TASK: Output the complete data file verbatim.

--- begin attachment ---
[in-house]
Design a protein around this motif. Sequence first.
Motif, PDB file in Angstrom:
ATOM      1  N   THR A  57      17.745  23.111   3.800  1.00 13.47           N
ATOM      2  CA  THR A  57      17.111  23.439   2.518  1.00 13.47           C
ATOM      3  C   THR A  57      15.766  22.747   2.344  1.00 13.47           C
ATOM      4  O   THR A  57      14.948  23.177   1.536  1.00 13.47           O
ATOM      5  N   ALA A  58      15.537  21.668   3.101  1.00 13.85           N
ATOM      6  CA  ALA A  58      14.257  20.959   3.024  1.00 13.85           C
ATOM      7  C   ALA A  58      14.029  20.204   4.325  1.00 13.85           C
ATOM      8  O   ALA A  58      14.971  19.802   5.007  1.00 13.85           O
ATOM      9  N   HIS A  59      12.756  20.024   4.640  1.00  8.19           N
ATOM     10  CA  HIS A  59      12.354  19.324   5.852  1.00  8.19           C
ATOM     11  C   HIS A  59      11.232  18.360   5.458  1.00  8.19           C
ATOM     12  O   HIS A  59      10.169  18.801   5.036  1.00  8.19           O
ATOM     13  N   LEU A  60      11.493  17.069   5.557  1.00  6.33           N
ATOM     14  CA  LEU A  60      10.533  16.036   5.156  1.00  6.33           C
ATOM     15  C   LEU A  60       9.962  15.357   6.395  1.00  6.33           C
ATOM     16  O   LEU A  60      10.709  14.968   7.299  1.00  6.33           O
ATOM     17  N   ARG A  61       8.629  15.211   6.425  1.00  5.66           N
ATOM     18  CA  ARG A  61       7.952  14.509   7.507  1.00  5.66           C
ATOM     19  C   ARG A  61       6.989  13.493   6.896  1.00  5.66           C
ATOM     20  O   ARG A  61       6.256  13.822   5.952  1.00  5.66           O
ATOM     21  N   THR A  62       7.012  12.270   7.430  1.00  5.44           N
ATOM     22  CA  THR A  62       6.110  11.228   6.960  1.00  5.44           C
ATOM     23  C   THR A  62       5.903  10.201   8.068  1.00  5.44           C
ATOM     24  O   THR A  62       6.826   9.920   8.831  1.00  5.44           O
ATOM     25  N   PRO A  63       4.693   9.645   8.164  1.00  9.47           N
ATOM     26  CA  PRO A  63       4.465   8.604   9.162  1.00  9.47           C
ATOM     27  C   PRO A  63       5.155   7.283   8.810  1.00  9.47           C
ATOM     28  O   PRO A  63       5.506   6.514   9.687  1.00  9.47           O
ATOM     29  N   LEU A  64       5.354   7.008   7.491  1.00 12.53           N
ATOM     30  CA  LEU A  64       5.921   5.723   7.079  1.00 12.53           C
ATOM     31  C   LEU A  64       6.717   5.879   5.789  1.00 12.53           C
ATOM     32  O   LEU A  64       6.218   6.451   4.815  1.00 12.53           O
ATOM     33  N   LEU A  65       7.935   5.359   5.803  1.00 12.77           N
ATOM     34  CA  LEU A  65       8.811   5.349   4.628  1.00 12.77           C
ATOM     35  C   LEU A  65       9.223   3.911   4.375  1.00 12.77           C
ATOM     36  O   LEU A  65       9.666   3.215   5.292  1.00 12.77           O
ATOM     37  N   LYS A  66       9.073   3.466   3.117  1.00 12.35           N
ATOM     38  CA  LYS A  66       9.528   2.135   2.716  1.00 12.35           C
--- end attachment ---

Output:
[in-house]
Design a protein around this motif. Sequence first.
Motif, PDB file in Angstrom:
ATOM      1  N   THR A  57      17.745  23.111   3.800  1.00 13.47           N
ATOM      2  CA  THR A  57      17.111  23.439   2.518  1.00 13.47           C
ATOM      3  C   THR A  57      15.766  22.747   2.344  1.00 13.47           C
ATOM      4  O   THR A  57      14.948  23.177   1.536  1.00 13.47           O
ATOM      5  N   ALA A  58      15.537  21.668   3.101  1.00 13.85           N
ATOM      6  CA  ALA A  58      14.257  20.959   3.024  1.00 13.85           C
ATOM      7  C   ALA A  58      14.029  20.204   4.325  1.00 13.85           C
ATOM      8  O   ALA A  58      14.971  19.802   5.007  1.00 13.85           O
ATOM      9  N   HIS A  59      12.756  20.024   4.640  1.00  8.19           N
ATOM     10  CA  HIS A  59      12.354  19.324   5.852  1.00  8.19           C
ATOM     11  C   HIS A  59      11.232  18.360   5.458  1.00  8.19           C
ATOM     12  O   HIS A  59      10.169  18.801   5.036  1.00  8.19           O
ATOM     13  N   LEU A  60      11.493  17.069   5.557  1.00  6.33           N
ATOM     14  CA  LEU A  60      10.533  16.036   5.156  1.00  6.33           C
ATOM     15  C   LEU A  60       9.962  15.357   6.395  1.00  6.33           C
ATOM     16  O   LEU A  60      10.709  14.968   7.299  1.00  6.33           O
ATOM     17  N   ARG A  61       8.629  15.211   6.425  1.00  5.66           N
ATOM     18  CA  ARG A  61       7.952  14.509   7.507  1.00  5.66           C
ATOM     19  C   ARG A  61       6.989  13.493   6.896  1.00  5.66           C
ATOM     20  O   ARG A  61       6.256  13.822   5.952  1.00  5.66           O
ATOM     21  N   THR A  62       7.012  12.270   7.430  1.00  5.44           N
ATOM     22  CA  THR A  62       6.110  11.228   6.960  1.00  5.44           C
ATOM     23  C   THR A  62       5.903  10.201   8.068  1.00  5.44           C
ATOM     24  O   THR A  62       6.826   9.920   8.831  1.00  5.44           O
ATOM     25  N   PRO A  63       4.693   9.645   8.164  1.00  9.47           N
ATOM     26  CA  PRO A  63       4.465   8.604   9.162  1.00  9.47           C
ATOM     27  C   PRO A  63       5.155   7.283   8.810  1.00  9.47           C
ATOM     28  O   PRO A  63       5.506   6.514   9.687  1.00  9.47           O
ATOM     29  N   LEU A  64       5.354   7.008   7.491  1.00 12.53           N
ATOM     30  CA  LEU A  64       5.921   5.723   7.079  1.00 12.53           C
ATOM     31  C   LEU A  64       6.717   5.879   5.789  1.00 12.53           C
ATOM     32  O   LEU A  64       6.218   6.451   4.815  1.00 12.53           O
ATOM     33  N   LEU A  65       7.935   5.359   5.803  1.00 12.77           N
ATOM     34  CA  LEU A  65       8.811   5.349   4.628  1.00 12.77           C
ATOM     35  C   LEU A  65       9.223   3.911   4.375  1.00 12.77           C
ATOM     36  O   LEU A  65       9.666   3.215   5.292  1.00 12.77           O
ATOM     37  N   LYS A  66       9.073   3.466   3.117  1.00 12.35           N
ATOM     38  CA  LYS A  66       9.528   2.135   2.716  1.00 12.35           C